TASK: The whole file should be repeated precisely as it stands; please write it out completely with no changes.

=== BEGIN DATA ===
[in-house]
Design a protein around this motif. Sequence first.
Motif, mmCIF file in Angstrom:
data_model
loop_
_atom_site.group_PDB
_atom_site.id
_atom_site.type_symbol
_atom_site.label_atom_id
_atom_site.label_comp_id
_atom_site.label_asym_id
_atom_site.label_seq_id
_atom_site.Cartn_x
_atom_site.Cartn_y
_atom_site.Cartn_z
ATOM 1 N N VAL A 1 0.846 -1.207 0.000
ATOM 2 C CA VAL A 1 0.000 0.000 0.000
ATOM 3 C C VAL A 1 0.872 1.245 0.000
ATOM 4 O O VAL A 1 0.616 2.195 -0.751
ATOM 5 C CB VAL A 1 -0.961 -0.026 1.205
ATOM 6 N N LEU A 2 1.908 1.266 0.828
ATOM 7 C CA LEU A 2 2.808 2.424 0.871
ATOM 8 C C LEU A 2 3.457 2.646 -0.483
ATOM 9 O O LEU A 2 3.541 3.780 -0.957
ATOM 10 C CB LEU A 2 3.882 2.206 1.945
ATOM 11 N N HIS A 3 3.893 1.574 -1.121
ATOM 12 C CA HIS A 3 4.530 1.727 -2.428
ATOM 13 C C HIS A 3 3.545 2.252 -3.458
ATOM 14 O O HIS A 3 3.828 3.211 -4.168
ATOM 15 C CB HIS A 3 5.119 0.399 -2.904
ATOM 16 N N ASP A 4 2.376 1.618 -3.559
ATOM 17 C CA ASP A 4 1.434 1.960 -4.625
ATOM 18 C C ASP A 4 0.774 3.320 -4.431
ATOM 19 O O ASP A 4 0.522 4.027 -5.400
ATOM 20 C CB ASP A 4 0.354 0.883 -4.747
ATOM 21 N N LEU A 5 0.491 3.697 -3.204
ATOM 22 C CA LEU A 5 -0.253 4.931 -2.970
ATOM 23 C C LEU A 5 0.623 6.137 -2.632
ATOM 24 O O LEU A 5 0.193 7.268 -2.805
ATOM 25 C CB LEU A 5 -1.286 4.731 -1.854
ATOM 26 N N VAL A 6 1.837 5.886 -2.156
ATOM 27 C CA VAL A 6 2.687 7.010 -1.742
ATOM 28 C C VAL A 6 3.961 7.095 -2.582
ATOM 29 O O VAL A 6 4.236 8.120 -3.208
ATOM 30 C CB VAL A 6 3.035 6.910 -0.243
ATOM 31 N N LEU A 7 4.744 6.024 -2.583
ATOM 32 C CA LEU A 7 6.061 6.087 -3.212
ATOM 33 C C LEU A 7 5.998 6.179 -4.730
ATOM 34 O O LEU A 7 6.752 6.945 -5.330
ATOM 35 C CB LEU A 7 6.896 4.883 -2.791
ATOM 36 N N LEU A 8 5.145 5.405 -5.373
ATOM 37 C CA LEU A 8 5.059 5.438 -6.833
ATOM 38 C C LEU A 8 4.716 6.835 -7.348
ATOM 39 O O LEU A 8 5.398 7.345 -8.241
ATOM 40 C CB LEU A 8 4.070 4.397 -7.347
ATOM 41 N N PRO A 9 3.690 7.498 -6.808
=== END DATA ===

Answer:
[in-house]
Design a protein around this motif. Sequence first.
Motif, mmCIF file in Angstrom:
data_model
loop_
_atom_site.group_PDB
_atom_site.id
_atom_site.type_symbol
_atom_site.label_atom_id
_atom_site.label_comp_id
_atom_site.label_asym_id
_atom_site.label_seq_id
_atom_site.Cartn_x
_atom_site.Cartn_y
_atom_site.Cartn_z
ATOM 1 N N VAL A 1 0.846 -1.207 0.000
ATOM 2 C CA VAL A 1 0.000 0.000 0.000
ATOM 3 C C VAL A 1 0.872 1.245 0.000
ATOM 4 O O VAL A 1 0.616 2.195 -0.751
ATOM 5 C CB VAL A 1 -0.961 -0.026 1.205
ATOM 6 N N LEU A 2 1.908 1.266 0.828
ATOM 7 C CA LEU A 2 2.808 2.424 0.871
ATOM 8 C C LEU A 2 3.457 2.646 -0.483
ATOM 9 O O LEU A 2 3.541 3.780 -0.957
ATOM 10 C CB LEU A 2 3.882 2.206 1.945
ATOM 11 N N HIS A 3 3.893 1.574 -1.121
ATOM 12 C CA HIS A 3 4.530 1.727 -2.428
ATOM 13 C C HIS A 3 3.545 2.252 -3.458
ATOM 14 O O HIS A 3 3.828 3.211 -4.168
ATOM 15 C CB HIS A 3 5.119 0.399 -2.904
ATOM 16 N N ASP A 4 2.376 1.618 -3.559
ATOM 17 C CA ASP A 4 1.434 1.960 -4.625
ATOM 18 C C ASP A 4 0.774 3.320 -4.431
ATOM 19 O O ASP A 4 0.522 4.027 -5.400
ATOM 20 C CB ASP A 4 0.354 0.883 -4.747
ATOM 21 N N LEU A 5 0.491 3.697 -3.204
ATOM 22 C CA LEU A 5 -0.253 4.931 -2.970
ATOM 23 C C LEU A 5 0.623 6.137 -2.632
ATOM 24 O O LEU A 5 0.193 7.268 -2.805
ATOM 25 C CB LEU A 5 -1.286 4.731 -1.854
ATOM 26 N N VAL A 6 1.837 5.886 -2.156
ATOM 27 C CA VAL A 6 2.687 7.010 -1.742
ATOM 28 C C VAL A 6 3.961 7.095 -2.582
ATOM 29 O O VAL A 6 4.236 8.120 -3.208
ATOM 30 C CB VAL A 6 3.035 6.910 -0.243
ATOM 31 N N LEU A 7 4.744 6.024 -2.583
ATOM 32 C CA LEU A 7 6.061 6.087 -3.212
ATOM 33 C C LEU A 7 5.998 6.179 -4.730
ATOM 34 O O LEU A 7 6.752 6.945 -5.330
ATOM 35 C CB LEU A 7 6.896 4.883 -2.791
ATOM 36 N N LEU A 8 5.145 5.405 -5.373
ATOM 37 C CA LEU A 8 5.059 5.438 -6.833
ATOM 38 C C LEU A 8 4.716 6.835 -7.348
ATOM 39 O O LEU A 8 5.398 7.345 -8.241
ATOM 40 C CB LEU A 8 4.070 4.397 -7.347
ATOM 41 N N PRO A 9 3.690 7.498 -6.808